NASCAR Race Weekend Central

Waid’s World: A Personal Remembrance of Bob Jenkins

The first time I heard Bob Jenkins’ voice was during a broadcast of a NASCAR race on ESPN. Now, I am certain that many fans had heard him before on the Indianapolis Motor Speedway Radio Network, and others, as the lead voice for the Indianapolis 500.

Jenkins was, at the time I first heard him, a part of ESPN’s NASCAR Tonight, which began in 1979. My first impression was, “Who is this guy, and why is he part of a NASCAR broadcast, anyway?”

Of course, I did not know him, nor did I know his extensive background, which included his love of racing and his devotion to the Indianapolis 500. His talent and booming, yet authoritative, voice had made him a favorite with IndyCar fans long before he became a part of ESPN and NASCAR.

Fact is, by the time I first became acquainted with him, Jenkins would not only become a staple in NASCAR, but he would expand to other networks and racing venues, including Formula One.

But I believe it was his natural talent and his unpretentious delivery – and knowledge – that most impressed me, and I truly think that this was the same for so many NASCAR fans.

There was a time when ESPN’s presence in NASCAR was so prevalent that it permeated the media and fans of the sport. It was accepted as an appreciated authority.

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I certainly accepted it as such. To me, how could it not be? I was appreciative of the announcers on other networks, to be sure.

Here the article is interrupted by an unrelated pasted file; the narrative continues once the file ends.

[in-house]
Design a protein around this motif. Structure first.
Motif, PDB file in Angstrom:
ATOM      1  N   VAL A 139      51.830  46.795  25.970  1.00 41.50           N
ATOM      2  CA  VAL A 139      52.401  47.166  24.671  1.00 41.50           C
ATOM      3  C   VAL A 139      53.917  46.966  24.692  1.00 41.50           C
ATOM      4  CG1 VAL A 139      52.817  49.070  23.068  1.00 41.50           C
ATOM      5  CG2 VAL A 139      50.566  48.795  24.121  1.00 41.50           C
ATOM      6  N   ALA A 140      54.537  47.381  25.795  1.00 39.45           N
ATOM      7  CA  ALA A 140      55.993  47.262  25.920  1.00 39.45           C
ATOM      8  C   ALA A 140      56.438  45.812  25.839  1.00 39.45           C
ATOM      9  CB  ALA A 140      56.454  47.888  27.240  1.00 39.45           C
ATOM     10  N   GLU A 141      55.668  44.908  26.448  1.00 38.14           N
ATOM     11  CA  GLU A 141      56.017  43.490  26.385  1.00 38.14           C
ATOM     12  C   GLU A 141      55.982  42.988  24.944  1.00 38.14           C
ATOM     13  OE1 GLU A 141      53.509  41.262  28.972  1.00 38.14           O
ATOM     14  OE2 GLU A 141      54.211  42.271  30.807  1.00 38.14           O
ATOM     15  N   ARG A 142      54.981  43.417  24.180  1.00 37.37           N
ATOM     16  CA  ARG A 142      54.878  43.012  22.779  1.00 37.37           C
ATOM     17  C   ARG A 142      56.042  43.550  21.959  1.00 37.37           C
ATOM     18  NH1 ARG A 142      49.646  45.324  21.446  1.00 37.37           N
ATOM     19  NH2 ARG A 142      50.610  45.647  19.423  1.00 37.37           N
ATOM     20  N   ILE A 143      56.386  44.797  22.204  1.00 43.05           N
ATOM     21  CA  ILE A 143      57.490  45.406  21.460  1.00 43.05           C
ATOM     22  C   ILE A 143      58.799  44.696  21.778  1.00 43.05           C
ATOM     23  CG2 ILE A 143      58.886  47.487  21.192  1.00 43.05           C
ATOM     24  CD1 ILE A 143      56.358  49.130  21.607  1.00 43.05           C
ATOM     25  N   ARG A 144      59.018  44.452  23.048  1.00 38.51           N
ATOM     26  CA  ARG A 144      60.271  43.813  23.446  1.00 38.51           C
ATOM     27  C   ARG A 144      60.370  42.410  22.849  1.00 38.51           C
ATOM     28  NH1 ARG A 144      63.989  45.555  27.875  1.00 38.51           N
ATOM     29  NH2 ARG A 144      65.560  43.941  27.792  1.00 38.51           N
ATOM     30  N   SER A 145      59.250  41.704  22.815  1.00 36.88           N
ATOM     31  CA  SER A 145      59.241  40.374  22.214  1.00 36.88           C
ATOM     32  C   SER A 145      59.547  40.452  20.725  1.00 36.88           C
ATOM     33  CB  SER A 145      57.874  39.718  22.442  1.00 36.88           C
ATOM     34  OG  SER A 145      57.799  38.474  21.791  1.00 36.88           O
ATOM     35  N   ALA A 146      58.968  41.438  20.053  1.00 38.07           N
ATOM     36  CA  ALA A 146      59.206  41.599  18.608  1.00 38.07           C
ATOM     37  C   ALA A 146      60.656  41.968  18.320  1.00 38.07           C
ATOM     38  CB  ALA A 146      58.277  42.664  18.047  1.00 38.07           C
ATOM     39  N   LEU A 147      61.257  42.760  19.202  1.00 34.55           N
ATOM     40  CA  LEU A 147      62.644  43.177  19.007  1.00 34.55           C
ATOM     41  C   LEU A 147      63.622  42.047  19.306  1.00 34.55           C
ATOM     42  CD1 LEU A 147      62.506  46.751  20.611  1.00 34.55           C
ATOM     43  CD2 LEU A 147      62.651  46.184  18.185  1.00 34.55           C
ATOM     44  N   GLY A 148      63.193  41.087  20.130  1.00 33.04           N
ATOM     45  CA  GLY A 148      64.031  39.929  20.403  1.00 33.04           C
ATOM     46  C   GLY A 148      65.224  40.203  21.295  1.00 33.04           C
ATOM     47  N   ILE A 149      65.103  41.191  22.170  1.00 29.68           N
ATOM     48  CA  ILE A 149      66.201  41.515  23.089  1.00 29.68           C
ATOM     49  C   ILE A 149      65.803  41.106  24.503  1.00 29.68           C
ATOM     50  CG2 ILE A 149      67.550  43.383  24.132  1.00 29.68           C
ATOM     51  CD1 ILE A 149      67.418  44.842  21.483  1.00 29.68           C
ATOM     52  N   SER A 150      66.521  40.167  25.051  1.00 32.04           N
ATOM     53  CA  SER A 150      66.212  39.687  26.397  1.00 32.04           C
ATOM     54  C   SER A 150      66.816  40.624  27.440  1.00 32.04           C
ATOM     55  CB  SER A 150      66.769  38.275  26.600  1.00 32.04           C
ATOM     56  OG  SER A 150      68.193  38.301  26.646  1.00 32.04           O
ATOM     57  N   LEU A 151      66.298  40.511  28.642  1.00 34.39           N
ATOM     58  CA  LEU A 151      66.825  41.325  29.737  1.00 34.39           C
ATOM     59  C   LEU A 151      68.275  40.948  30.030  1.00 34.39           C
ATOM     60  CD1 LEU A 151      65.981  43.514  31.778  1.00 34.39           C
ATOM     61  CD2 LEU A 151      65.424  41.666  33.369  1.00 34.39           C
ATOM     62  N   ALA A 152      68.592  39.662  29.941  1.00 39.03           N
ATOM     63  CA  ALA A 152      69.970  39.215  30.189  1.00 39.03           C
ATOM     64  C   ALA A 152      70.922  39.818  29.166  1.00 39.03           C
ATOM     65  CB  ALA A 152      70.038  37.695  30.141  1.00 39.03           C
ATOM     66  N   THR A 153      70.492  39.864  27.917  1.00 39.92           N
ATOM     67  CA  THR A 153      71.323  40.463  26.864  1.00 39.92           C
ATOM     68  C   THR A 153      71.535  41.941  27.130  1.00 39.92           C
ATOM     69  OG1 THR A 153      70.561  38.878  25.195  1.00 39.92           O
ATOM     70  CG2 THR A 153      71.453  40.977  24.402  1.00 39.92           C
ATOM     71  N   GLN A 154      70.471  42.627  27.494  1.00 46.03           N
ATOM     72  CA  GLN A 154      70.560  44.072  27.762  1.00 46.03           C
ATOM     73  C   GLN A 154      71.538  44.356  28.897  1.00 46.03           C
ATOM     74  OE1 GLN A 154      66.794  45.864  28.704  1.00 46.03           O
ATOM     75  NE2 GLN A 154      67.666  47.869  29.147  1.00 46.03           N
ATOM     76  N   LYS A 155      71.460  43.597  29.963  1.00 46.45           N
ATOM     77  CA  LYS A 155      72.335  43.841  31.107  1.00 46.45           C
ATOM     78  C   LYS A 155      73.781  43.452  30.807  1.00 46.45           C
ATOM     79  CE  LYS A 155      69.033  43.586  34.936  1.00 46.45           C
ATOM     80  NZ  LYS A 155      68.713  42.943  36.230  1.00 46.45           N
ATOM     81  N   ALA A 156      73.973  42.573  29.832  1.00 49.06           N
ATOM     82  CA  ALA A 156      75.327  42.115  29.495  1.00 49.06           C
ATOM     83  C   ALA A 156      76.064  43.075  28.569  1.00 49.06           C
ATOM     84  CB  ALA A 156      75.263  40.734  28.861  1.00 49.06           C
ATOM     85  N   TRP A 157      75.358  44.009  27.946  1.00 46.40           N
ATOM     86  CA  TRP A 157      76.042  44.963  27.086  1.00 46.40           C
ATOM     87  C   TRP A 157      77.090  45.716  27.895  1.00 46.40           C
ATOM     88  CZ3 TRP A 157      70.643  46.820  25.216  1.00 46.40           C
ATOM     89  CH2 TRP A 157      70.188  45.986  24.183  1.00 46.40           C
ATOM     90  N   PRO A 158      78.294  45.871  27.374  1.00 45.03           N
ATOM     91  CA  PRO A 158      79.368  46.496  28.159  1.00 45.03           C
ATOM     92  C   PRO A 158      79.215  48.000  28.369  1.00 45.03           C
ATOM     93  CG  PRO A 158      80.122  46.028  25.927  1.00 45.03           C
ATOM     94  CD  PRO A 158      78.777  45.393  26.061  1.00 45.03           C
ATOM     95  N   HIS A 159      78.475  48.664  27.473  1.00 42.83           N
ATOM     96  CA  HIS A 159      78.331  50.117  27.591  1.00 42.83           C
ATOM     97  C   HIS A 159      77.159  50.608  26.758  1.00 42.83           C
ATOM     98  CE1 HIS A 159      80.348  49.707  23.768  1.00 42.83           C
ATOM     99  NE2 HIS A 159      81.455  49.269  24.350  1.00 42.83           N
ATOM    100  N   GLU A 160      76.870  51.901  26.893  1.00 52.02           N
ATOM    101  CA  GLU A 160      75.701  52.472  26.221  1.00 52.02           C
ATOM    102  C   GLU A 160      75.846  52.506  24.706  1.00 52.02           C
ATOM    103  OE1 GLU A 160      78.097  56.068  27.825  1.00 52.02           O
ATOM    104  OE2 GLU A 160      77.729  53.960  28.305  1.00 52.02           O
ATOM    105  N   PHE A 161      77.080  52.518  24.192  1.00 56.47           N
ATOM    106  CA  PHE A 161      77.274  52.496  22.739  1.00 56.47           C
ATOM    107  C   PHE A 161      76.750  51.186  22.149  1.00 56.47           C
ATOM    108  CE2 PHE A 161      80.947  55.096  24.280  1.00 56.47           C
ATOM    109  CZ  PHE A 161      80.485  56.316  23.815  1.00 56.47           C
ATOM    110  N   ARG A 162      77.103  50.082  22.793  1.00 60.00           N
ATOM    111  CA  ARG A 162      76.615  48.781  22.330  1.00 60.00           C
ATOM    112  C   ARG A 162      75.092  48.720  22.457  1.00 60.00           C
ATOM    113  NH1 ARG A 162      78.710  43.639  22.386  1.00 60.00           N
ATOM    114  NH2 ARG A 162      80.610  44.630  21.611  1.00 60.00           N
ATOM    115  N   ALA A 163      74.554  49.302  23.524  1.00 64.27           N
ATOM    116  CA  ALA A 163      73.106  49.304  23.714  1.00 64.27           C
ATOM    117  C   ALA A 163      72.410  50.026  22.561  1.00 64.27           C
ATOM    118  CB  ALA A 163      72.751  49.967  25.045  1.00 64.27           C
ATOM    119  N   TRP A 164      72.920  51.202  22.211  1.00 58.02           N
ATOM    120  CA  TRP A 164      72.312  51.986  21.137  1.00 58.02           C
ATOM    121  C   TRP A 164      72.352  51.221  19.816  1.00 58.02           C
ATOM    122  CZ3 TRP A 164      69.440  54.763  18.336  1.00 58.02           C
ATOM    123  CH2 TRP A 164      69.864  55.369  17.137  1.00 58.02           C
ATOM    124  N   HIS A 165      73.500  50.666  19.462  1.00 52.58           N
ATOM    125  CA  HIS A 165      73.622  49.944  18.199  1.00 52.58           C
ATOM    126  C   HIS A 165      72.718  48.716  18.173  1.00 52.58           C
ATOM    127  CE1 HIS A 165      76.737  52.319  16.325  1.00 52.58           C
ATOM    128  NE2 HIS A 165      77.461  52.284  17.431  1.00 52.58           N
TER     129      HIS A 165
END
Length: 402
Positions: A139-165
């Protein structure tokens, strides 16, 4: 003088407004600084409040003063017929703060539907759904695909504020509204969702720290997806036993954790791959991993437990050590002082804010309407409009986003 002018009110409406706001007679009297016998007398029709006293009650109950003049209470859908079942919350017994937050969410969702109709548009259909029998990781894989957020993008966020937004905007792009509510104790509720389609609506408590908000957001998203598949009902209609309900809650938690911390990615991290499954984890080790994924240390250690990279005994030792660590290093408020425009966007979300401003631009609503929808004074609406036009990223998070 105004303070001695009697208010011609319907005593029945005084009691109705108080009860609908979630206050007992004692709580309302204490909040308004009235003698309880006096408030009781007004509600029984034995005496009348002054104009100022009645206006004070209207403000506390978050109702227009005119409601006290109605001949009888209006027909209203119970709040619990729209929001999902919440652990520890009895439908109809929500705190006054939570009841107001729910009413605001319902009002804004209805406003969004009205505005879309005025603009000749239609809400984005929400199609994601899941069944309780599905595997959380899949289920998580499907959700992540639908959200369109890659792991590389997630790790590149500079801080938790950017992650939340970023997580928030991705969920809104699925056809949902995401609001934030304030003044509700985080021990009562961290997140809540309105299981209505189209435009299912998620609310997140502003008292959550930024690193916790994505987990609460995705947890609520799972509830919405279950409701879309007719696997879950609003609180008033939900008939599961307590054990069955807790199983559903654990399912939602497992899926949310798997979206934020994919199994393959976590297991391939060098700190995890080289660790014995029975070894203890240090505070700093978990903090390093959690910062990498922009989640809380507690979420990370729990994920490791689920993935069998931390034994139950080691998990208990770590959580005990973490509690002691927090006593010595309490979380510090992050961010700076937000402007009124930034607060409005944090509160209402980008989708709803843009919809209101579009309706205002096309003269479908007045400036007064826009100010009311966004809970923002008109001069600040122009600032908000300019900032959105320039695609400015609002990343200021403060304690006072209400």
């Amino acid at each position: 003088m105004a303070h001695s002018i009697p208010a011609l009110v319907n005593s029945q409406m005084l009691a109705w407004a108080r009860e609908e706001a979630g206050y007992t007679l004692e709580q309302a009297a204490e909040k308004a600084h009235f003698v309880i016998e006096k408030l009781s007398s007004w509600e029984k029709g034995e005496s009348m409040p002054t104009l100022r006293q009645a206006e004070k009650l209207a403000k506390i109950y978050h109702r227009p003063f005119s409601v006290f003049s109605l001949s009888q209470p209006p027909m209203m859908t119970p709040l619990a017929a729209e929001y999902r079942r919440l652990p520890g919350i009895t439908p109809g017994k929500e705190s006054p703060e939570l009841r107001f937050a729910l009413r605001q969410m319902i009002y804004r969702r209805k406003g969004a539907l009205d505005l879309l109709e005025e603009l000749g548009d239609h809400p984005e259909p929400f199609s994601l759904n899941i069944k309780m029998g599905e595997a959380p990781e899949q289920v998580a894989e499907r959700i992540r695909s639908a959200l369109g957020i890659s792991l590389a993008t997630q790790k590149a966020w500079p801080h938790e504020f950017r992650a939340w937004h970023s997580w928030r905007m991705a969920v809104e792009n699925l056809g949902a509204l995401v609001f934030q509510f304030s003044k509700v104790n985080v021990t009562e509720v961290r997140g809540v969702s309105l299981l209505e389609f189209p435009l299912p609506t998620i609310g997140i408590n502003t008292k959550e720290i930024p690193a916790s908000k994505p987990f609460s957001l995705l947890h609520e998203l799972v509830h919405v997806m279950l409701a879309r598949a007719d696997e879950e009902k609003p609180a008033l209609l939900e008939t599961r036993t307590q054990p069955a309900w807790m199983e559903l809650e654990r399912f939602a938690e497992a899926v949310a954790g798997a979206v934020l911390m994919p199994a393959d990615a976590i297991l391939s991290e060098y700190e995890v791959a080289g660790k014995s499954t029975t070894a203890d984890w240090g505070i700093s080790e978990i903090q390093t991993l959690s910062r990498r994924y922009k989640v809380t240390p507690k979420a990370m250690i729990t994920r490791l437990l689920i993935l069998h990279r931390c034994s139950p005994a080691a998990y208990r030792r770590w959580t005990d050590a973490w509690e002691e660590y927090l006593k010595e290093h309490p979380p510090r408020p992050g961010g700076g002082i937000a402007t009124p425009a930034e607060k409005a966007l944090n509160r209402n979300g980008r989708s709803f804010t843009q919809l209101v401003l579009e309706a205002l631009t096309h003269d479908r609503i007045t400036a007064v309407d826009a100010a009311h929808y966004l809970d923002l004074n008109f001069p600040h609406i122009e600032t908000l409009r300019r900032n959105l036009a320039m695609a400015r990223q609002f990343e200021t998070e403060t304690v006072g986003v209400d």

But consider this, if you will: At the height of ESPN’s NASCAR presence, its lead announcers were Jenkins, Ned Jarrett and Benny Parsons – with others such as Bill Weber and Dr. Jerry Punch on hand.

When it came to the trio in the booth, there were no others with their knowledge and personalities. Jenkins had earned it with years of dedicated service. Of his partners, both of whom were former competitors and champions, Jarrett was known as “Gentleman Ned.” Parsons was “Mr. Nice Guy.”

That was for a reason. And their personalities transferred to respect among viewers.

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Jenkins and I met several times, and there was a time when we did a piece together, in tandem with his associate Larry Nuber, in a studio in Indianapolis.

If I had ever thought he would be aloof and distant because of his stature, that was quickly eliminated. I met a man who was as unassuming and down-to-earth as a good friend.

We chatted. A similar conversation was repeated often over the years.

“Hey, I want to tell you that I really like your work,” I said.

“I have read your stuff for years, and I admit I have learned a lot from it,” he answered with a smile.

I saw that same smile many times whenever we met in the years afterward.

We hadn’t seen much of each other in perhaps the last decade. Of course, my career – or shall we say semi-retirement – dwindled to the point where race coverage became non-existent.

But I could still hear him. I did often. Nothing changed. His ambient personality always came through his voice.

He faced his battle with cancer with courage and dignity. I was not surprised in the least.

I believe that Bob Jenkins indeed will be remembered for his career and its long list of accomplishments.

But I also believe that, among us all, he will be remembered for the man he was.

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Mike

Good article, Steve. All the reflections on Jenkins’ career make me miss the d days that much more.

wildcatsfan2016

A lovely tribute, Steve. RIP Bob.

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